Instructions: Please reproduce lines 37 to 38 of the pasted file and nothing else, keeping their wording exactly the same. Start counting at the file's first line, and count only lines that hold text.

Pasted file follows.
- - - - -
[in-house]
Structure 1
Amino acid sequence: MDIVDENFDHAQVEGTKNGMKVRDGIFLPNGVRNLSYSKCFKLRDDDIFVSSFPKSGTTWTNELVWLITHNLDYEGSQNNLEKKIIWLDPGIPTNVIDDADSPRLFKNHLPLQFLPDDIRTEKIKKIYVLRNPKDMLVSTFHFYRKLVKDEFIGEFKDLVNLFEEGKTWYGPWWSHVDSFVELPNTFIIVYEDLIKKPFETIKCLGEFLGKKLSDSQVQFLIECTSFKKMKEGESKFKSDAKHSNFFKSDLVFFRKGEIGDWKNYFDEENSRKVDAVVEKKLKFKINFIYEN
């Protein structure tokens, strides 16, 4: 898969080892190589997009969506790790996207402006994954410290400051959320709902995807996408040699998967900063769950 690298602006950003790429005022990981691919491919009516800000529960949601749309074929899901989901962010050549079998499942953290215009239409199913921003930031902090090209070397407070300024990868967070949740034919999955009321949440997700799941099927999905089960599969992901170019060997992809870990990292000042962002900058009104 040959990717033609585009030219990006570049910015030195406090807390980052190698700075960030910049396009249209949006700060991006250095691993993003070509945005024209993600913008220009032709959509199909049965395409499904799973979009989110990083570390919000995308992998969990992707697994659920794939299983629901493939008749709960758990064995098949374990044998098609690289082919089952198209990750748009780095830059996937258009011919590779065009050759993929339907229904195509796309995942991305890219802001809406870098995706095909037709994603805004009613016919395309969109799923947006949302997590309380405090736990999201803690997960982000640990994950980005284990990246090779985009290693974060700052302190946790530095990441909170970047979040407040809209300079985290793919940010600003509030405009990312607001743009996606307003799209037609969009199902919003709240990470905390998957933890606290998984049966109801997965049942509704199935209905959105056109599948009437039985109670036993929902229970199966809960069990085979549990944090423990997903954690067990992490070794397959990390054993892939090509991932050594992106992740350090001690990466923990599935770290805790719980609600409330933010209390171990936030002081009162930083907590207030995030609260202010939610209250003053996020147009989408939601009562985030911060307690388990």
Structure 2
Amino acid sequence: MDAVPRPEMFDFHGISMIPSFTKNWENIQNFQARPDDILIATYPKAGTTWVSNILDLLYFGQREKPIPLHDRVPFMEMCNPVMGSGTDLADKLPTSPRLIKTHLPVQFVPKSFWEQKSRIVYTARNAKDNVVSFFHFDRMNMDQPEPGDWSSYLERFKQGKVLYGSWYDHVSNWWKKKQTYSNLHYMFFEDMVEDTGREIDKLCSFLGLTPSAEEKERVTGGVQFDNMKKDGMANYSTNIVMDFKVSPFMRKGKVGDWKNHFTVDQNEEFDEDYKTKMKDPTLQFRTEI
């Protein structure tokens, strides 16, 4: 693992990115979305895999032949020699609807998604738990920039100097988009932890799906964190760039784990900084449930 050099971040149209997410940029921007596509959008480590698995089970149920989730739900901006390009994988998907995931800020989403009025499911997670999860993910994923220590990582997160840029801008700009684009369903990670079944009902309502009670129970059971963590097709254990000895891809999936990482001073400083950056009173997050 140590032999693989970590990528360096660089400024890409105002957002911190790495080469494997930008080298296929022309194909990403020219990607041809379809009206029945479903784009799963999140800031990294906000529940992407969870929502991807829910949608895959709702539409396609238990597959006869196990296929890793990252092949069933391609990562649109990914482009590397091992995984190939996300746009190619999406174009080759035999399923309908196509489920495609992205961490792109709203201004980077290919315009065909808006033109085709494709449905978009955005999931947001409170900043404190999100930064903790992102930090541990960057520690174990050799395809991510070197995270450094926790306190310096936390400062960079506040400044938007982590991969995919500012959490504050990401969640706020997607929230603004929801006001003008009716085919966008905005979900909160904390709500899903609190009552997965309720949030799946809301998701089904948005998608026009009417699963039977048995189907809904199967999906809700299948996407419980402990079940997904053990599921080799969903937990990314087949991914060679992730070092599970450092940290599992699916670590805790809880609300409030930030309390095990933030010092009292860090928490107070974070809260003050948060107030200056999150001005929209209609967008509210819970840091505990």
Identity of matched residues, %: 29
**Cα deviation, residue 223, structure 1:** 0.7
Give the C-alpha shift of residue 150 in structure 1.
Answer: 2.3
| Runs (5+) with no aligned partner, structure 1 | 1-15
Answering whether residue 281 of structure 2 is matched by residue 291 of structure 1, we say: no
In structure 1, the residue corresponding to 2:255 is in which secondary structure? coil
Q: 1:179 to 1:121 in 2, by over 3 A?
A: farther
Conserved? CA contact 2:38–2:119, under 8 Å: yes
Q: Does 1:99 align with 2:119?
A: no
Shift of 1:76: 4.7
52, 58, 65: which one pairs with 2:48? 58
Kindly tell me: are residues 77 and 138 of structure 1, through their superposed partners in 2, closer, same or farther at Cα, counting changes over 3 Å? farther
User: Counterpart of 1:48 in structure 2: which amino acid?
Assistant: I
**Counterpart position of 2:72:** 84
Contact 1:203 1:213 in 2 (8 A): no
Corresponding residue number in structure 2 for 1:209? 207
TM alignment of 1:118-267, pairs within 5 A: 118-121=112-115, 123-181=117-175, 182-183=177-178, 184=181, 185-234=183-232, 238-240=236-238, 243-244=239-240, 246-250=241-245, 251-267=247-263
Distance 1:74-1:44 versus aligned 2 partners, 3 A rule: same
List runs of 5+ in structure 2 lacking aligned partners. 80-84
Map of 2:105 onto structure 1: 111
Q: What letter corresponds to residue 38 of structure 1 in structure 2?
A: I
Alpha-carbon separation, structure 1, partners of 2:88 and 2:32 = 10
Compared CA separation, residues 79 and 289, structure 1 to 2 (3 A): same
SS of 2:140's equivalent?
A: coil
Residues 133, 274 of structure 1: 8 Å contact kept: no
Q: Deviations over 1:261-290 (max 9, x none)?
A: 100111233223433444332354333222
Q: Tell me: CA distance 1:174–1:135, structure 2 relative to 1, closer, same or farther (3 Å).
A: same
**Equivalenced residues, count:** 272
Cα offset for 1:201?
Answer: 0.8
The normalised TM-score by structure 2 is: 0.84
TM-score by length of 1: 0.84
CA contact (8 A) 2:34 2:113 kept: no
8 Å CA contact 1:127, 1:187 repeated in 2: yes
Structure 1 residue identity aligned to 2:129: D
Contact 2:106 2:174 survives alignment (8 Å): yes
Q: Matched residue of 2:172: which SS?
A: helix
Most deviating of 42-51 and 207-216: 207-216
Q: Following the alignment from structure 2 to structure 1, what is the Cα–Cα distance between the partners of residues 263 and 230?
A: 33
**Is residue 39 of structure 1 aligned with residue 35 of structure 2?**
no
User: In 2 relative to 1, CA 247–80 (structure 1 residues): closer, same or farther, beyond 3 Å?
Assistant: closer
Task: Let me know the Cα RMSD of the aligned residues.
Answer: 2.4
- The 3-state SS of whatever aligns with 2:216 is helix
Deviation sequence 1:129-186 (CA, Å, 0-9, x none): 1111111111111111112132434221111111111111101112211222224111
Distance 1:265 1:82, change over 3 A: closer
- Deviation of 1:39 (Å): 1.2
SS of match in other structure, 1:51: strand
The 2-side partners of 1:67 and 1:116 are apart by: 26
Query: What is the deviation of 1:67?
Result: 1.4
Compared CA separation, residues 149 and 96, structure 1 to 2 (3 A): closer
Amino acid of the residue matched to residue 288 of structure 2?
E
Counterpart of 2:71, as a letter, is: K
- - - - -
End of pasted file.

A: coil
Residues 133, 274 of structure 1: 8 Å contact kept: no